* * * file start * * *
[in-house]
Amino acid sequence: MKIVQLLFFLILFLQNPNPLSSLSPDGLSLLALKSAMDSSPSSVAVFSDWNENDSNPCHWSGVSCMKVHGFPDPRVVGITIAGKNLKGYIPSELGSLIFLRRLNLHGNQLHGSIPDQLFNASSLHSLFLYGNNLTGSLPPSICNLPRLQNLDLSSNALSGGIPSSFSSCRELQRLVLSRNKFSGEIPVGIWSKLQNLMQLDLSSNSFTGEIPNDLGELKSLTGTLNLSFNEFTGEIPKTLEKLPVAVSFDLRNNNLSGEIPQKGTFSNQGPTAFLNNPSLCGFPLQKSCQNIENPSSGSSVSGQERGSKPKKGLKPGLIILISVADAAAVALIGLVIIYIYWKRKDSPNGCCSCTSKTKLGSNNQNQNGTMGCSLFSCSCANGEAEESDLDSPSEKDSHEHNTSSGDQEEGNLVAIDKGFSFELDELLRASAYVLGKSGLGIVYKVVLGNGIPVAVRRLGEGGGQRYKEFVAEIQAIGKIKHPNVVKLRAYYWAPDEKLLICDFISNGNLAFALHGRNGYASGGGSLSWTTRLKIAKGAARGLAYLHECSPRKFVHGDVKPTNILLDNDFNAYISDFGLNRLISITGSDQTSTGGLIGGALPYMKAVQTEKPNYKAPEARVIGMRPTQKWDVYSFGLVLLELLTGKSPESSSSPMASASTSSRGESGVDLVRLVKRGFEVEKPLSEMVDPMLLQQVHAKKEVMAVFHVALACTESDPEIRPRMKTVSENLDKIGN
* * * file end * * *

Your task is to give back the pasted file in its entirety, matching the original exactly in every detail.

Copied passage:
[in-house]
Amino acid sequence: MKIVQLLFFLILFLQNPNPLSSLSPDGLSLLALKSAMDSSPSSVAVFSDWNENDSNPCHWSGVSCMKVHGFPDPRVVGITIAGKNLKGYIPSELGSLIFLRRLNLHGNQLHGSIPDQLFNASSLHSLFLYGNNLTGSLPPSICNLPRLQNLDLSSNALSGGIPSSFSSCRELQRLVLSRNKFSGEIPVGIWSKLQNLMQLDLSSNSFTGEIPNDLGELKSLTGTLNLSFNEFTGEIPKTLEKLPVAVSFDLRNNNLSGEIPQKGTFSNQGPTAFLNNPSLCGFPLQKSCQNIENPSSGSSVSGQERGSKPKKGLKPGLIILISVADAAAVALIGLVIIYIYWKRKDSPNGCCSCTSKTKLGSNNQNQNGTMGCSLFSCSCANGEAEESDLDSPSEKDSHEHNTSSGDQEEGNLVAIDKGFSFELDELLRASAYVLGKSGLGIVYKVVLGNGIPVAVRRLGEGGGQRYKEFVAEIQAIGKIKHPNVVKLRAYYWAPDEKLLICDFISNGNLAFALHGRNGYASGGGSLSWTTRLKIAKGAARGLAYLHECSPRKFVHGDVKPTNILLDNDFNAYISDFGLNRLISITGSDQTSTGGLIGGALPYMKAVQTEKPNYKAPEARVIGMRPTQKWDVYSFGLVLLELLTGKSPESSSSPMASASTSSRGESGVDLVRLVKRGFEVEKPLSEMVDPMLLQQVHAKKEVMAVFHVALACTESDPEIRPRMKTVSENLDKIGN